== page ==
UK denies breaking law with new Northern Ireland plan

·3-min read

Britain said on Thursday it was readying new legislation to rewrite its Brexit commitments on Northern Ireland but denied it was breaking its treaty obligations to the European Union.

The bill is expected next week, possibly on Monday, and would trigger unilateral changes to the so-called Northern Ireland Protocol in the teeth of objections from Brussels and most political parties in Belfast.

Ireland's Foreign Minister Simon Coveney said opposition to Britain's tactics had "hardened" across EU capitals, querying whether it was "serious about a negotiated solution", Irish media reported.

The UK says the bill is needed to fix trade distortions in Northern Ireland, which was left hanging in a unique situation by Brexit, and bring the province's biggest pro-UK party back into power-sharing government.

Prime Minister Boris Johnson's cabinet has signed off on the plan and only some final drafting remains, his spokesman told reporters.

"Yes, we are confident of that: the bill is lawful under international law," the spokesman added.

Senior minister Michael Gove denied that Johnson was looking to divert attention after he narrowly survived a no-confidence vote within his own party, by placating Brexit hardliners on the Conservative backbenches.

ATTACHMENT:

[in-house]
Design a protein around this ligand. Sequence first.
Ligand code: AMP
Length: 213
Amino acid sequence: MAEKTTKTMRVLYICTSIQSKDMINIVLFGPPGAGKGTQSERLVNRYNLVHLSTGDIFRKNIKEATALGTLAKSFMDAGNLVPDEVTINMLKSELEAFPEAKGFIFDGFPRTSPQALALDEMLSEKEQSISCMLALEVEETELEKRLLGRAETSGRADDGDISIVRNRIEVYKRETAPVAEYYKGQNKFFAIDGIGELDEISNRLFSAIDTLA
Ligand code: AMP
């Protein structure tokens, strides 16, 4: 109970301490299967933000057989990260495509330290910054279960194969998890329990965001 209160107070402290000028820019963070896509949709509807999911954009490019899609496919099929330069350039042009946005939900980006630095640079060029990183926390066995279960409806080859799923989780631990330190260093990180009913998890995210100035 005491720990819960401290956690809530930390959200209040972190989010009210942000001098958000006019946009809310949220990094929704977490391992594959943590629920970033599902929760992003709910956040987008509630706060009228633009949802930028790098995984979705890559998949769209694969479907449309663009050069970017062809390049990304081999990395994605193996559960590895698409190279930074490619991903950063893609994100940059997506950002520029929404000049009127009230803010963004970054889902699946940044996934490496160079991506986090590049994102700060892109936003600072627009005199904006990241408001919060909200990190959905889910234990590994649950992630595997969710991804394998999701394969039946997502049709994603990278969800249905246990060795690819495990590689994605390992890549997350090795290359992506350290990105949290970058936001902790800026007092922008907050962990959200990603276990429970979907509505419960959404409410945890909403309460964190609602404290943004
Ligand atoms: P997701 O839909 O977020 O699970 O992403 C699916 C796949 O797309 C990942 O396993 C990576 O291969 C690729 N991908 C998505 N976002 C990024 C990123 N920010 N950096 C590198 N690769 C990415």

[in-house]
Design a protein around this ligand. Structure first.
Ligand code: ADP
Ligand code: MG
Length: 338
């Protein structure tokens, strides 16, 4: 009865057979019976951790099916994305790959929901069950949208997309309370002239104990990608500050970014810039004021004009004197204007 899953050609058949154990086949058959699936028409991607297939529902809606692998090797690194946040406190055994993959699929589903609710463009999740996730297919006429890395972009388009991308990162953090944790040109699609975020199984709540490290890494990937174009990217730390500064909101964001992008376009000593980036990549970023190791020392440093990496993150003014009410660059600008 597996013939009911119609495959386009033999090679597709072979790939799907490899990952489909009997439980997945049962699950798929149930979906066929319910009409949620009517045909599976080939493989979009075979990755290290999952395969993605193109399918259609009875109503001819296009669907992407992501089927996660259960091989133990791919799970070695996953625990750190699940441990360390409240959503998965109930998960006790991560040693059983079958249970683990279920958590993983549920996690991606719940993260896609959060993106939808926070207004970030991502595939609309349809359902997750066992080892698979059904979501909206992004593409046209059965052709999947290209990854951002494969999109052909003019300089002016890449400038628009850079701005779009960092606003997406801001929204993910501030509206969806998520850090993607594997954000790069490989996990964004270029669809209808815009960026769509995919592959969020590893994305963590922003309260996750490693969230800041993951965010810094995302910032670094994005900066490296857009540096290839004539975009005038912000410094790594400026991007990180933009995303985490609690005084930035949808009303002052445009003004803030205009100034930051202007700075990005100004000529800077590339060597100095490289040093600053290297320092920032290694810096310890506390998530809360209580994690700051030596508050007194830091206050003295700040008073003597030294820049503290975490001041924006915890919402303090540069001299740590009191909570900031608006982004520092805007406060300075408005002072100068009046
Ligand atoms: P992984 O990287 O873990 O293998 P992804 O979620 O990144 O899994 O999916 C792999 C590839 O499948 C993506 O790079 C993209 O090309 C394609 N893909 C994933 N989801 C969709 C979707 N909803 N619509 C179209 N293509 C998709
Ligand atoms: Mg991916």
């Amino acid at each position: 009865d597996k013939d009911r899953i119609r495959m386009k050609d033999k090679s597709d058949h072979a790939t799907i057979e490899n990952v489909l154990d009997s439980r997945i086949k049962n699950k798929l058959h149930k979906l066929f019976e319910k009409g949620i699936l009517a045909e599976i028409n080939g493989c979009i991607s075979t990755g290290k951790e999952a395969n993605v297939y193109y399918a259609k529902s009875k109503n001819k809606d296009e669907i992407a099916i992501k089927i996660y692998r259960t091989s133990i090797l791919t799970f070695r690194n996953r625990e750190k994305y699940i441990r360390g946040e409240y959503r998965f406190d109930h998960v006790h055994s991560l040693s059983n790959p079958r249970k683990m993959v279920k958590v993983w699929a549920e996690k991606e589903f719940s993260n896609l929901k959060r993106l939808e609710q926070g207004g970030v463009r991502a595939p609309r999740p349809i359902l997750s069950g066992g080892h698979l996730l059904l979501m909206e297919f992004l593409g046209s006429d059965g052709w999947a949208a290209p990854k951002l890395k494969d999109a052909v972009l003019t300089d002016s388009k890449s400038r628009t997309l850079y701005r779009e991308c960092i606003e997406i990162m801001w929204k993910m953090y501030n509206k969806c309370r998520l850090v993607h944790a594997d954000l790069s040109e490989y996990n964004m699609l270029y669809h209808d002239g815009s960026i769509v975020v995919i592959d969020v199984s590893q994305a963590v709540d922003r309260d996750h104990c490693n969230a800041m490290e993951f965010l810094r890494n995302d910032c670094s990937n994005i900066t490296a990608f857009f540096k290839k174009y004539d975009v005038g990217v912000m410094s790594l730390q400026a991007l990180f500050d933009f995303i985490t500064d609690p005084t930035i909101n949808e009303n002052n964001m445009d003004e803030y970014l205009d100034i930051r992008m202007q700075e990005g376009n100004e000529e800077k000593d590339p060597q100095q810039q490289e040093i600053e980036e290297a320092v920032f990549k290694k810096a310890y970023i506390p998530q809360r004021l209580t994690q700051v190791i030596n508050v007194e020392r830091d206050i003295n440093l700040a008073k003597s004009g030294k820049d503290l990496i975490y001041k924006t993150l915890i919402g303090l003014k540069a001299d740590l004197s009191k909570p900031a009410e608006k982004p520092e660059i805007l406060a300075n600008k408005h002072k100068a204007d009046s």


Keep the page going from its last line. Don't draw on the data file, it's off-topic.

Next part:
"I don't think it's about picking a fight," Gove said on BBC radio.

"It is absolutely right that we fix the problems with the Northern Ireland Protocol," he said.

The Democratic Unionist Party (DUP) refusing to re-enter government in the province unless the protocol is overhauled.

The protocol was agreed as part of Britain's Brexit divorce deal with Brussels, recognising Northern Ireland's status as a fragile, post-conflict territory that shares the UK's new land border with the EU.

It requires checks on goods arriving from England, Scotland and Wales, to prevent them entering the EU's single market via the Republic of Ireland.

That has infuriated the DUP, which says Northern Ireland's status within the UK is in jeopardy.

The UK says it plans to scrap most of the checks, arguing that the higher priority is ensuring no return to a hard border between the north and south of Ireland, in line with a 1998 peace agreement.

Overriding the protocol, the bill would let the UK create a "green channel" for British traders to send goods to Northern Ireland without making any customs declaration to the EU.

The EU would have access to more real-time UK data on the flow of goods, and only businesses intending to trade into the single market via Ireland would be required to make declarations.

Britain has vowed "robust penalties" for any companies seeking to abuse the new system, but would also remove oversight of the protocol by the European Court of Justice -- another red line for Brussels.

Britain also risks antagonising the United States, which helped broker the 1998 Good Friday Agreement.

But Northern Ireland Secretary Brandon Lewis has been briefing the US administration along with officials in Dublin and Brussels, to prepare the ground for the new bill, Johnson's spokesman said.

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